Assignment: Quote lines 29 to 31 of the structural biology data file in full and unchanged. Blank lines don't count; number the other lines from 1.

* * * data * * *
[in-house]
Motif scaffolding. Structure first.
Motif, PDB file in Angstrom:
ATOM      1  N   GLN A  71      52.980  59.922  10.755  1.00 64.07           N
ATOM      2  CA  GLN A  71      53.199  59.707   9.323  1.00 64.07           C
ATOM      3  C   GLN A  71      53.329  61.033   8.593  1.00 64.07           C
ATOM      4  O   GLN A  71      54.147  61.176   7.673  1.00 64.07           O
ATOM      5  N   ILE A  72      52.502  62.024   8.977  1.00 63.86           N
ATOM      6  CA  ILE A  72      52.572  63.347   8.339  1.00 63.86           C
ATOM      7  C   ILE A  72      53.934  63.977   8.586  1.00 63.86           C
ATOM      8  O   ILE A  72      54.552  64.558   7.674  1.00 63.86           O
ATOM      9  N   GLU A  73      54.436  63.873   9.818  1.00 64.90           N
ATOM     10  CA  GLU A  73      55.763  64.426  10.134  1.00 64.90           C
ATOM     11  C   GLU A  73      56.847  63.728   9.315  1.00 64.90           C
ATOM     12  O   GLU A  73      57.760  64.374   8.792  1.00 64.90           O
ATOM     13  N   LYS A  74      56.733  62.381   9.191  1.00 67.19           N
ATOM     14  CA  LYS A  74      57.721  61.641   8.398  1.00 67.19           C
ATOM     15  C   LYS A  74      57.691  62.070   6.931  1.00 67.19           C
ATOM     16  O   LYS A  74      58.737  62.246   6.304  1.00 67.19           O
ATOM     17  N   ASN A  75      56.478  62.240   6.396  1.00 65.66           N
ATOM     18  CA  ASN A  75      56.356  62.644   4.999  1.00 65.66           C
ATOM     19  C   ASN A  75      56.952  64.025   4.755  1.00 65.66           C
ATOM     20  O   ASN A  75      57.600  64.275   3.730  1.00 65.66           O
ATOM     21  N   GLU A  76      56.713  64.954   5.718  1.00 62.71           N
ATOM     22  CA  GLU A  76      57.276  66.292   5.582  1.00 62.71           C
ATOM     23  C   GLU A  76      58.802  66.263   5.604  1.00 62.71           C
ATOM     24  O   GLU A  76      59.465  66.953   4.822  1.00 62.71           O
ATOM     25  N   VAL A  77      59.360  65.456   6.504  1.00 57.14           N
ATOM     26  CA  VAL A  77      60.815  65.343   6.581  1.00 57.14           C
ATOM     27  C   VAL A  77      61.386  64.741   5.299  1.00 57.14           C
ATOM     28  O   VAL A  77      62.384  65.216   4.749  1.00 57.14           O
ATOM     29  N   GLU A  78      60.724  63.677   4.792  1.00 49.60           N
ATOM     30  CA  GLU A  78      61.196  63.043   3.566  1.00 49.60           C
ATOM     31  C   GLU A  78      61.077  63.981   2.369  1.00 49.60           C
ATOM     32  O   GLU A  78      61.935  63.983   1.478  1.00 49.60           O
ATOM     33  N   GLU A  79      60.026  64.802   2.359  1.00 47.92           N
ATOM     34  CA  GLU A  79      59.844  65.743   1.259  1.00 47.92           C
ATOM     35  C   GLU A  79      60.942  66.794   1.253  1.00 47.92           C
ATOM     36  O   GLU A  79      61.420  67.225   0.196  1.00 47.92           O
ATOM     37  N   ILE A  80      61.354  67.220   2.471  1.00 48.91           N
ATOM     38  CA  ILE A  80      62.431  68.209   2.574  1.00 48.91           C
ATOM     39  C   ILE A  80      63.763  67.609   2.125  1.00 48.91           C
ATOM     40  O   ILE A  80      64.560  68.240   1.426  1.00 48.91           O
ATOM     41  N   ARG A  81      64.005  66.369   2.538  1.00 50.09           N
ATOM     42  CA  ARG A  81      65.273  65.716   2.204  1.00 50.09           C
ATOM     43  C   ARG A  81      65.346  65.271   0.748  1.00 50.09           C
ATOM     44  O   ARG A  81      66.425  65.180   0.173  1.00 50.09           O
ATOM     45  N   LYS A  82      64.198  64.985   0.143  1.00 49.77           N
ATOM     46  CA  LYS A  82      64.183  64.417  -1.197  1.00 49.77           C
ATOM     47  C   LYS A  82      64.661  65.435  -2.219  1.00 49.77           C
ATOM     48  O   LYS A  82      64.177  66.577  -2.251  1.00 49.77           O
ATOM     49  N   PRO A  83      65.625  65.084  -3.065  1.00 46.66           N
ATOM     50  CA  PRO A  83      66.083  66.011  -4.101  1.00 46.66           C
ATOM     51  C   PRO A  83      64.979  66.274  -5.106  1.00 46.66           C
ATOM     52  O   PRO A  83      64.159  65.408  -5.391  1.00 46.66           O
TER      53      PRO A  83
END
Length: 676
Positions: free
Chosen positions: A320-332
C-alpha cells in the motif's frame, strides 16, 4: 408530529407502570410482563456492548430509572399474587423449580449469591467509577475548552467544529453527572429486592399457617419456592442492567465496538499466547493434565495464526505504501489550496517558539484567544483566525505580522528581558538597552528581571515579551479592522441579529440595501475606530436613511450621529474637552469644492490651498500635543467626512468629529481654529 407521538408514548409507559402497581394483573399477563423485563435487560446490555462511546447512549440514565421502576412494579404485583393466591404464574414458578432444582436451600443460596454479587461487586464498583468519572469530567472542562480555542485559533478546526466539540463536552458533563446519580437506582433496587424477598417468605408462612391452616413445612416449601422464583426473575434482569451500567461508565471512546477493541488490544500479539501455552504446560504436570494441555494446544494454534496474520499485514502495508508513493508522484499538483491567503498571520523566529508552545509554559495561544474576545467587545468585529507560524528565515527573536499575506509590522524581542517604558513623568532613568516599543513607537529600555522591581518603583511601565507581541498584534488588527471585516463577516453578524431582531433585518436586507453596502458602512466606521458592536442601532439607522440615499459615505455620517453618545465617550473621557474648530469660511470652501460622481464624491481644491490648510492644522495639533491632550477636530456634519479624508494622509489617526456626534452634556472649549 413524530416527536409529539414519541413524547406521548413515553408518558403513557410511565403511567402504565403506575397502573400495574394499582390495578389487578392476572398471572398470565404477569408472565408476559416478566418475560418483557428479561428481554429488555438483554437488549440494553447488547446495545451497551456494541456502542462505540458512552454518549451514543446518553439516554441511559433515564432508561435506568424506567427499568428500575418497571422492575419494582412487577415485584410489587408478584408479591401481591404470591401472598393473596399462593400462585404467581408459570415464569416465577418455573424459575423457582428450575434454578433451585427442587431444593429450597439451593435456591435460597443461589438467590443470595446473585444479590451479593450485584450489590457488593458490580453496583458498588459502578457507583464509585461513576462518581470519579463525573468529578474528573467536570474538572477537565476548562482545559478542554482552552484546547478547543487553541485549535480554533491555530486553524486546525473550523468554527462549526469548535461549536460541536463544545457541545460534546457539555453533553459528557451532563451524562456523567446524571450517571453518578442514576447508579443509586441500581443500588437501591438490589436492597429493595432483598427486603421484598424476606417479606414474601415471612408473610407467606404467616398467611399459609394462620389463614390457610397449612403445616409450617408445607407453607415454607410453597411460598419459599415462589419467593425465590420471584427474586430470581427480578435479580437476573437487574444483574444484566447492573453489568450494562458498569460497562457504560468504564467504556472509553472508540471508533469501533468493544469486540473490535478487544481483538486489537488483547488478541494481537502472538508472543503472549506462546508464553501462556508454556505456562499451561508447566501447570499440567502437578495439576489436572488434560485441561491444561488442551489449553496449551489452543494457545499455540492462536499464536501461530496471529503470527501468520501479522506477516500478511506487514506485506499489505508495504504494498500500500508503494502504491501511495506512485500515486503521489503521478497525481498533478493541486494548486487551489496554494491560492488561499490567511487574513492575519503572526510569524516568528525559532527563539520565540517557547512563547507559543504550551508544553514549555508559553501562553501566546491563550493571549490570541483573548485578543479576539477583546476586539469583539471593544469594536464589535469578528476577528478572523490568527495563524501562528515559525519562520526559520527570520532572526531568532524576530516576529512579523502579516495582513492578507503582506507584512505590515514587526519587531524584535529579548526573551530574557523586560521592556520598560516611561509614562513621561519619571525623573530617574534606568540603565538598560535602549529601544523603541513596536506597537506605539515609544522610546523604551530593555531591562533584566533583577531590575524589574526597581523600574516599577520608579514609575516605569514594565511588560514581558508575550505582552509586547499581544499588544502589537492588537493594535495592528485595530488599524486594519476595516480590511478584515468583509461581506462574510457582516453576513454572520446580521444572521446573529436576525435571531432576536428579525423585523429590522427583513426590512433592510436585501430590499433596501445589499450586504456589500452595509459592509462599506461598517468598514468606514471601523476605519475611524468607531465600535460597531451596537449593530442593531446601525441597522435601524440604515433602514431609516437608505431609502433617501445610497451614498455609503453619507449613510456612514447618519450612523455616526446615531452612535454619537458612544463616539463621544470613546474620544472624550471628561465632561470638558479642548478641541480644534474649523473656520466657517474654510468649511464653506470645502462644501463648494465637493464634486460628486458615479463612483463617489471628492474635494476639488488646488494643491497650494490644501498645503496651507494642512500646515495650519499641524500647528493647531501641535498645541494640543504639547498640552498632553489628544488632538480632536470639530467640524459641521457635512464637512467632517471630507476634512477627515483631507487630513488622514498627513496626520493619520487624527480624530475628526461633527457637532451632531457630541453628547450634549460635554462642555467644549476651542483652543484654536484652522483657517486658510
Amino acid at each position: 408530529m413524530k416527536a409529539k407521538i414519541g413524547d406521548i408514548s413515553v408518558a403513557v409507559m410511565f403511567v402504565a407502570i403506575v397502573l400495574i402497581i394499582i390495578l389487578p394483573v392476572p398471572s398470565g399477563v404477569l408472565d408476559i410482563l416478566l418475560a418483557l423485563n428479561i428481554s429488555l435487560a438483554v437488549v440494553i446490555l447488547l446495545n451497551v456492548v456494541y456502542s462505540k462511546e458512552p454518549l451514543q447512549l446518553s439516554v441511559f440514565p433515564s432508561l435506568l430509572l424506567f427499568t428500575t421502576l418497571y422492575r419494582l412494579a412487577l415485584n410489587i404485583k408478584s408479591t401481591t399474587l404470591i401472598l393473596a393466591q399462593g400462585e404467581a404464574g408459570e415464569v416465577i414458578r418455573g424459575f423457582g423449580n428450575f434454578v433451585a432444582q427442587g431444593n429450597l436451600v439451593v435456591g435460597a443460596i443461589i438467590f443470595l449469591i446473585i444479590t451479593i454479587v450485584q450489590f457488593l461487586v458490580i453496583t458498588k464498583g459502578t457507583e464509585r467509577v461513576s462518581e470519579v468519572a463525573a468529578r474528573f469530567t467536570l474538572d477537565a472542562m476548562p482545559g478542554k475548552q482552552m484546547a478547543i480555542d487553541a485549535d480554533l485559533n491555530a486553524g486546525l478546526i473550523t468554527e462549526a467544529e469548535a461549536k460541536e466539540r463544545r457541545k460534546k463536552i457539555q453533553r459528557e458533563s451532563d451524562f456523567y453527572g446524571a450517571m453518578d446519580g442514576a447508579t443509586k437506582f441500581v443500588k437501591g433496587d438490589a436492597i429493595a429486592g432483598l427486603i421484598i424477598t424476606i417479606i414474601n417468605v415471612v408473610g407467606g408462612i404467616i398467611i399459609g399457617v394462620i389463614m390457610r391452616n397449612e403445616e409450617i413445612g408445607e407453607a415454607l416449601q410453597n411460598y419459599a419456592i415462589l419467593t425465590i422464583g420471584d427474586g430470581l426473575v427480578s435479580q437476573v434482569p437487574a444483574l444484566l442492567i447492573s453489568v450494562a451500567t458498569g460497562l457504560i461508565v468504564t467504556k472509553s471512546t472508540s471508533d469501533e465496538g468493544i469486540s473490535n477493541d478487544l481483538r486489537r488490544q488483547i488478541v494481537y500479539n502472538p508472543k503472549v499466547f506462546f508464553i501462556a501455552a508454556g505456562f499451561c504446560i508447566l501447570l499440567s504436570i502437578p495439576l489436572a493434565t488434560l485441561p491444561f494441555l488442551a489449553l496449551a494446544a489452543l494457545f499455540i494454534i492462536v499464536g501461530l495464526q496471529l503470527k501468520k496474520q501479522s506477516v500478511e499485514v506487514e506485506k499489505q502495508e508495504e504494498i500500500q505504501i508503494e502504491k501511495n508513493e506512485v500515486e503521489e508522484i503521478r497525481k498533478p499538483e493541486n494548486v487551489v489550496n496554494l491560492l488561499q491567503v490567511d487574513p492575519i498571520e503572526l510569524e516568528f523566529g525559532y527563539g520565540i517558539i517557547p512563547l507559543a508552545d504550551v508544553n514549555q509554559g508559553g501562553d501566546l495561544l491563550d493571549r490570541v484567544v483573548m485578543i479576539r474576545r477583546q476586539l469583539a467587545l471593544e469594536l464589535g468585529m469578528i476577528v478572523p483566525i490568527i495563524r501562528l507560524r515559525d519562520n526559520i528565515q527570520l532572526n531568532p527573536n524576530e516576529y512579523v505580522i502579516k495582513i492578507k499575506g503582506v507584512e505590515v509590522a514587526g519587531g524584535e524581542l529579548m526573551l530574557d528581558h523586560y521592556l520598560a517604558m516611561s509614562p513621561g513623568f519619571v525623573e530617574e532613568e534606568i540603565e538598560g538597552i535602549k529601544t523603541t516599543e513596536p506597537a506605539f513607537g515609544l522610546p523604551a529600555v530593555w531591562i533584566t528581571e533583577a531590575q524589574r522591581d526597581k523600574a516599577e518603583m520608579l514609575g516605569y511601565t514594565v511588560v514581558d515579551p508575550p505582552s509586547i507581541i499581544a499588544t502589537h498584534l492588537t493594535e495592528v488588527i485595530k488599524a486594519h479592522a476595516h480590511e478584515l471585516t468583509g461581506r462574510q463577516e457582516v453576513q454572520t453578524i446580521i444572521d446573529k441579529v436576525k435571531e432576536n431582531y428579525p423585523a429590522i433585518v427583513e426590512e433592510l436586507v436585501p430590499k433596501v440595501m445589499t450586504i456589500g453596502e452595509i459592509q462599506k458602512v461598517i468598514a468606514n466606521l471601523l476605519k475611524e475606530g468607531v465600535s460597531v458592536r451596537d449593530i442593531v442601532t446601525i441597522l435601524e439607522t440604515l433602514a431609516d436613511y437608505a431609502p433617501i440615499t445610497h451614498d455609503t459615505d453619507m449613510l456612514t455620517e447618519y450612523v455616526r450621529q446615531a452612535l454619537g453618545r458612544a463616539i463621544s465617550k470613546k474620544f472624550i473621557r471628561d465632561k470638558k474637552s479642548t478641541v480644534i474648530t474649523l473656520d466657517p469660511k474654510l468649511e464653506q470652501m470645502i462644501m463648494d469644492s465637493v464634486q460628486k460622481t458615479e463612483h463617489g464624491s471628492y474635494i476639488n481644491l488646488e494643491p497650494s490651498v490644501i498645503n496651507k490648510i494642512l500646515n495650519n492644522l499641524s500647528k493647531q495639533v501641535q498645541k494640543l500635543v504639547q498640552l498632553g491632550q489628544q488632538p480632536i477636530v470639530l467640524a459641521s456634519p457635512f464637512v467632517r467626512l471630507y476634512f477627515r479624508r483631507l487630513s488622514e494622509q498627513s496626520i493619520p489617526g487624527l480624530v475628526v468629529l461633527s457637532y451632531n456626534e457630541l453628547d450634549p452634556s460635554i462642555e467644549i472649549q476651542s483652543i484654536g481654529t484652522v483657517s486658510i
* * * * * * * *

ATOM     26  CA  VAL A  77      60.815  65.343   6.581  1.00 57.14           C
ATOM     27  C   VAL A  77      61.386  64.741   5.299  1.00 57.14           C
ATOM     28  O   VAL A  77      62.384  65.216   4.749  1.00 57.14           O